Where have the kids gone? – Chawm Ganguly

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chawmRemember, how as kids we used to walk to school, but always ran back home? How it was like a room full of pent up energy, bursting out like sprinters off the starting line at the ring of the bell? How eager we used to get out of the confines of the class room and get to the play field outside? I was thinking, as I stood outside a reputed city school and watched the kids get out.

No explosion of energy here as the kids, their shoulders drooped, ambled out bearing the burden of their school bags – the empty playing ground not even attracting a cursory glance. “What is happening”, I asked my wife, Aditi Ganguly, who happens to be a child psychologist / counselor attached to a leading institution of the city. “These are different days”, she said, “the pressure to excel academically is so intense that children do not have time to hit the grounds like you people did.” Over-zealous parents are instilling in kids the fire to perform and push them just that much more towards achieving goals that we as kids were not even exposed to. That childhoods are being sacrificed on the altar of the parents ambitions being something that is conveniently overlooked. “Some parents are trying to re-live their lives through that of their children, seeking to make the children achieve what they could not in their lives” she continued, “naturally with disastrous consequences, with many a young mind snapping, unable to cope up with the constant demands of the parents.”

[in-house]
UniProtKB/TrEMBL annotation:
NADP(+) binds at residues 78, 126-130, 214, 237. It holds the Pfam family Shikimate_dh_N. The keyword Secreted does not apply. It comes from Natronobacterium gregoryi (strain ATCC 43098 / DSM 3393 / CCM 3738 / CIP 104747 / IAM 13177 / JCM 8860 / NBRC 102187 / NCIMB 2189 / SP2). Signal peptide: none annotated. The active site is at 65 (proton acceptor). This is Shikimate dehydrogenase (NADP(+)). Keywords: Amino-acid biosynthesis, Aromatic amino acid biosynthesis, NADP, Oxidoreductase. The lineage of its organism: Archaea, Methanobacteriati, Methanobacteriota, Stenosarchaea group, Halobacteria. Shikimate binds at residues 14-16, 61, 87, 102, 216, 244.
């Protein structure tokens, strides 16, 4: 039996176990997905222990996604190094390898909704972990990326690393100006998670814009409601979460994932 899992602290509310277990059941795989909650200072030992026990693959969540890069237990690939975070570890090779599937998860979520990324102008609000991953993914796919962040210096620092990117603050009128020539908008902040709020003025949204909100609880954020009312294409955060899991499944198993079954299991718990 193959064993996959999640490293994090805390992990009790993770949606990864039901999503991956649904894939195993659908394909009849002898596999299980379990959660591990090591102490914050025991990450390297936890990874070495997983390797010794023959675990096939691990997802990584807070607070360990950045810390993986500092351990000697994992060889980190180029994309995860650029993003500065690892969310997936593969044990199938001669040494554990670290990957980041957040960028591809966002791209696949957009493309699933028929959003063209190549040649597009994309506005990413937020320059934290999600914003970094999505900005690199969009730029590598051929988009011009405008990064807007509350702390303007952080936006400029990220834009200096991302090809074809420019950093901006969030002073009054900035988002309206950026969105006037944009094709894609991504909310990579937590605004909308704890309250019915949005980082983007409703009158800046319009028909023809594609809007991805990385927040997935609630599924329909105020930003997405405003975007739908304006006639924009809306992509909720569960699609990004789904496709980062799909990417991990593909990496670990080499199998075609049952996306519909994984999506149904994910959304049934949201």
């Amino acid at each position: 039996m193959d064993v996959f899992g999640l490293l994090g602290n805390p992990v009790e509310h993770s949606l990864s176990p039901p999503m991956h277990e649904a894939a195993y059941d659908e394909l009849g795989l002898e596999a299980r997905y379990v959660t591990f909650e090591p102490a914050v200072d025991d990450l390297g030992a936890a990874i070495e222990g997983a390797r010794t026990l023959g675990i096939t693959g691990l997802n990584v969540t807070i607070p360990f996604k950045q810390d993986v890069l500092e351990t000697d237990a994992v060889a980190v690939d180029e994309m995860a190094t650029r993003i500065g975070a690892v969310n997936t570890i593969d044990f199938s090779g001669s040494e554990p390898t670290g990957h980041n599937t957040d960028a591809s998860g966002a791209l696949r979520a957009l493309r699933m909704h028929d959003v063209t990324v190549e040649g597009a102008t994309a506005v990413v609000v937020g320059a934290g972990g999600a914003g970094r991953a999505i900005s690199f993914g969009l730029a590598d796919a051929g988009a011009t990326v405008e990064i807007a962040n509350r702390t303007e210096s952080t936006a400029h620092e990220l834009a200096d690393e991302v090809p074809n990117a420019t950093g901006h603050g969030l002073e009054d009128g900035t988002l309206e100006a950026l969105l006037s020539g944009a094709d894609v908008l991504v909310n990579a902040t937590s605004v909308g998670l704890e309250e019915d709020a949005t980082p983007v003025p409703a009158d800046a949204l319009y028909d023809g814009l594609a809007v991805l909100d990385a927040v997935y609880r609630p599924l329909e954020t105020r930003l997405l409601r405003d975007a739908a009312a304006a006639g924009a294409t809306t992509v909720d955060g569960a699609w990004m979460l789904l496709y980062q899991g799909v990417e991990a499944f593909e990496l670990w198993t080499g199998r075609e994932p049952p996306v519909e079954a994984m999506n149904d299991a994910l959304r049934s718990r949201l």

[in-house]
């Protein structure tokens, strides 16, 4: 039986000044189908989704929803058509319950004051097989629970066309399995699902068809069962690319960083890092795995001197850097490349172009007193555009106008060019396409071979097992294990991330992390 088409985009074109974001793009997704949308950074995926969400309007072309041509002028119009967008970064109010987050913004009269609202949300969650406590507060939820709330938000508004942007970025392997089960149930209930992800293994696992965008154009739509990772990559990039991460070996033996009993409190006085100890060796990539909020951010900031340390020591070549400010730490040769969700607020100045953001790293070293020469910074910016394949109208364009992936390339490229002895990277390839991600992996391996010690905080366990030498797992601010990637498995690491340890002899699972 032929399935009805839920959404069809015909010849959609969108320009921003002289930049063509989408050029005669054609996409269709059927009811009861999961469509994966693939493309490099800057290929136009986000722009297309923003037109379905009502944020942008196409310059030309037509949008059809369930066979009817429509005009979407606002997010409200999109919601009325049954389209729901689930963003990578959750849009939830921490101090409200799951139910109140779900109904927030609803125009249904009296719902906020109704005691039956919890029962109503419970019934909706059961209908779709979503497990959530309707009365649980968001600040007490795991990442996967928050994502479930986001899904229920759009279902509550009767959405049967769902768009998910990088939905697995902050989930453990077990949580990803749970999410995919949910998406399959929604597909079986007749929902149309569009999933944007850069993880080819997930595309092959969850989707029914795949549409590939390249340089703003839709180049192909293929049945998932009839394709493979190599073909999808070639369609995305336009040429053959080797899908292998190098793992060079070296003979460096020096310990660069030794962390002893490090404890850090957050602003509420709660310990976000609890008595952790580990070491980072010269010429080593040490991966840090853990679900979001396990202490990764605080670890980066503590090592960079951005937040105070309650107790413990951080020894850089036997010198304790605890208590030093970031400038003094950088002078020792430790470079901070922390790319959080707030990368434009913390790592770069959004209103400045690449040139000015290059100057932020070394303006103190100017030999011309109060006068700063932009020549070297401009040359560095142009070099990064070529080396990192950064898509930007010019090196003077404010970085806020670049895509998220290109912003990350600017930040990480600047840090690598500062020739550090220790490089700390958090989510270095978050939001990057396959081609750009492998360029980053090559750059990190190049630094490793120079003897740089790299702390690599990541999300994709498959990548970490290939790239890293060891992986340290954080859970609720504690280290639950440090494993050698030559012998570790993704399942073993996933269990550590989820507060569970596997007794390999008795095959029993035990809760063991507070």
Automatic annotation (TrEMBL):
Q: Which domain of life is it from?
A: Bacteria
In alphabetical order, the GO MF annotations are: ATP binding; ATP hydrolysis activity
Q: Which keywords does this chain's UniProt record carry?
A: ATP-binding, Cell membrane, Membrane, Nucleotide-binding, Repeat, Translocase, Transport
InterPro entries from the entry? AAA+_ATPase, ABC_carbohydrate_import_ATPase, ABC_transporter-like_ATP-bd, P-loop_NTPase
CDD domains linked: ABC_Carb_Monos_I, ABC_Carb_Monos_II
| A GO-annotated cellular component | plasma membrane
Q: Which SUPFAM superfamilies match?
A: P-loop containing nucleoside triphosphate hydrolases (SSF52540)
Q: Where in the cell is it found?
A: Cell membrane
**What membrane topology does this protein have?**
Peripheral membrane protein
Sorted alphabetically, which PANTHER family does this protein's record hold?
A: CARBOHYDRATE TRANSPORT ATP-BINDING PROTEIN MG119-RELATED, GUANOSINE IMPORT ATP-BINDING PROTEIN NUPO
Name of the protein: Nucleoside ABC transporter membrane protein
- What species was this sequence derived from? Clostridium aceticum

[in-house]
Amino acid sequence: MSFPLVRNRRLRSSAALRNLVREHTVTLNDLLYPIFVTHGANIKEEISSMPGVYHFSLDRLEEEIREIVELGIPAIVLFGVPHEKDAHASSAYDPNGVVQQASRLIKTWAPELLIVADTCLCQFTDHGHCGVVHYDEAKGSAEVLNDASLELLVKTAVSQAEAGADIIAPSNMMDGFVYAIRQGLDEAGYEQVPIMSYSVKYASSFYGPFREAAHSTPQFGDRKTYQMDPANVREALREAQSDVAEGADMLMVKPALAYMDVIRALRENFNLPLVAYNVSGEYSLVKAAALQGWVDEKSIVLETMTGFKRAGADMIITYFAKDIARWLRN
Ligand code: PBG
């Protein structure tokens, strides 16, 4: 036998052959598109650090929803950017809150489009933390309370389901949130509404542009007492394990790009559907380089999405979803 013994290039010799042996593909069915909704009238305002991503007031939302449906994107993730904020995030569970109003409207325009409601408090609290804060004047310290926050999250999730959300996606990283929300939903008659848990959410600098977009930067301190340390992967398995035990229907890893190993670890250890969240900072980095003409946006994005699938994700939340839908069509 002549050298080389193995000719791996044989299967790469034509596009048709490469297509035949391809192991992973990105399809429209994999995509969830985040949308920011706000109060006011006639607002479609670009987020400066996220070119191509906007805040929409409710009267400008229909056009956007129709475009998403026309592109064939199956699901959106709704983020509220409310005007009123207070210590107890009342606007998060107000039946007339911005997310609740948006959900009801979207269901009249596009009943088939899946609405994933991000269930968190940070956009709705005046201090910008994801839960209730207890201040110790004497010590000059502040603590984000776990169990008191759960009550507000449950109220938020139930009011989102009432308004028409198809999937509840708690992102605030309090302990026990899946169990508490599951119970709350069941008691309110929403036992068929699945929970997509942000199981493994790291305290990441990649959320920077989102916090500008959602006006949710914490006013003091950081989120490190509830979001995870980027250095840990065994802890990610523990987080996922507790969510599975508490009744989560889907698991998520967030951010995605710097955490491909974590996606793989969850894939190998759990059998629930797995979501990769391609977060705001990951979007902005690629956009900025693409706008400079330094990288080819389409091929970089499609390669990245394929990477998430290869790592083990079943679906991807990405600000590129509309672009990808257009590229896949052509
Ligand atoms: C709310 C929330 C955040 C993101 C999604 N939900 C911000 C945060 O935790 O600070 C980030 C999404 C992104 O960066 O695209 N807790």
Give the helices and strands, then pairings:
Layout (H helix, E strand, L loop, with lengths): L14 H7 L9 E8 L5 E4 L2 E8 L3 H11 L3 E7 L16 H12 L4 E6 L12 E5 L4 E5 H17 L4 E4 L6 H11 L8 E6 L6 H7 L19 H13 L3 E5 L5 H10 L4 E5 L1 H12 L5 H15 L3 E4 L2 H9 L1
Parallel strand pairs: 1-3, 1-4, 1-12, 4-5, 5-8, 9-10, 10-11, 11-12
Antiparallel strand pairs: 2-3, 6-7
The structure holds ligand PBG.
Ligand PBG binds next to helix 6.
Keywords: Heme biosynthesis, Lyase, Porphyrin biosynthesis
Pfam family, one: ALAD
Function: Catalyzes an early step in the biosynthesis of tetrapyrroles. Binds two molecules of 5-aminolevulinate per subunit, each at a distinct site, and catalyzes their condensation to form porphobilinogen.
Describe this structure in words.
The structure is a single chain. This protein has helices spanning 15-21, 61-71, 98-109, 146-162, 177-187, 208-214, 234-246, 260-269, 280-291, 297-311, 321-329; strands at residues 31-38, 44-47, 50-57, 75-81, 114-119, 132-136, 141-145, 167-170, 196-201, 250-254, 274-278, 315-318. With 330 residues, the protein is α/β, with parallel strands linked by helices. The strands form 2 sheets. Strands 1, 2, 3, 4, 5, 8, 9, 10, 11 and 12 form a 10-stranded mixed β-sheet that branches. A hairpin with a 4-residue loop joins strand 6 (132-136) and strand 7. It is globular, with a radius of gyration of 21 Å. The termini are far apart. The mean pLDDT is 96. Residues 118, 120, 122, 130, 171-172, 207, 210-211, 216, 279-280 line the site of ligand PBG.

Being participants of the same rat race to which they subject their children, such parents seldom have time for the little ones and make up for the lack of togetherness, seek to buy out their children through expensive gifts. “Not wanting to waste the little time they have, they easily give in to the tantrums and shower the kids with toys – increasingly electronic gadgets.” Thereby, sowing the seeds of a much bigger problem.

Kids are becoming extensions of their hand-held’s and laptops, choosing to spend most of their time in the virtual world. They are obsessed, refuse to go out or interact with the real world. Their attention spans are declining and they show all the classic symptoms – being easily irritable, unwilling to make eye contact, unable to hold legible conversations beyond the first few sentences, incapable to striking real life friendships – which are not only taking a heavy toll on them mentally, but are also responsible for the deteriorating physical conditions. “Just look at the way spectacle use have gone up these days” said Aditi “and you will know what I am hinting at.”

“Unrestricted access to the net too has its pitfalls. Increasingly children are accessing content that is not suitable for their age groups and are getting exposed to people and content which is detrimental to their growth and flourishing” she said. Besides, being innocent as they are, they also run the risk of being harmed and abused.

So what is the way out? “There are no shortcuts” says Aditi. “Parents must spend quality time with the children and hand-hold them as they grow. Try and lean them away from over dependence on computers, restrict their access to the virtual world. Encourage them to take up a sport or a hobby and be more active outside as opposed to being struck to the screen.”

And for heaven’s sake, don’t try to force your kids to achieve what you couldn’t  Remember even the rat race has the option that says “I quit”. Learn the simple fact of life –it is more important to run with your child than being in a race with rats!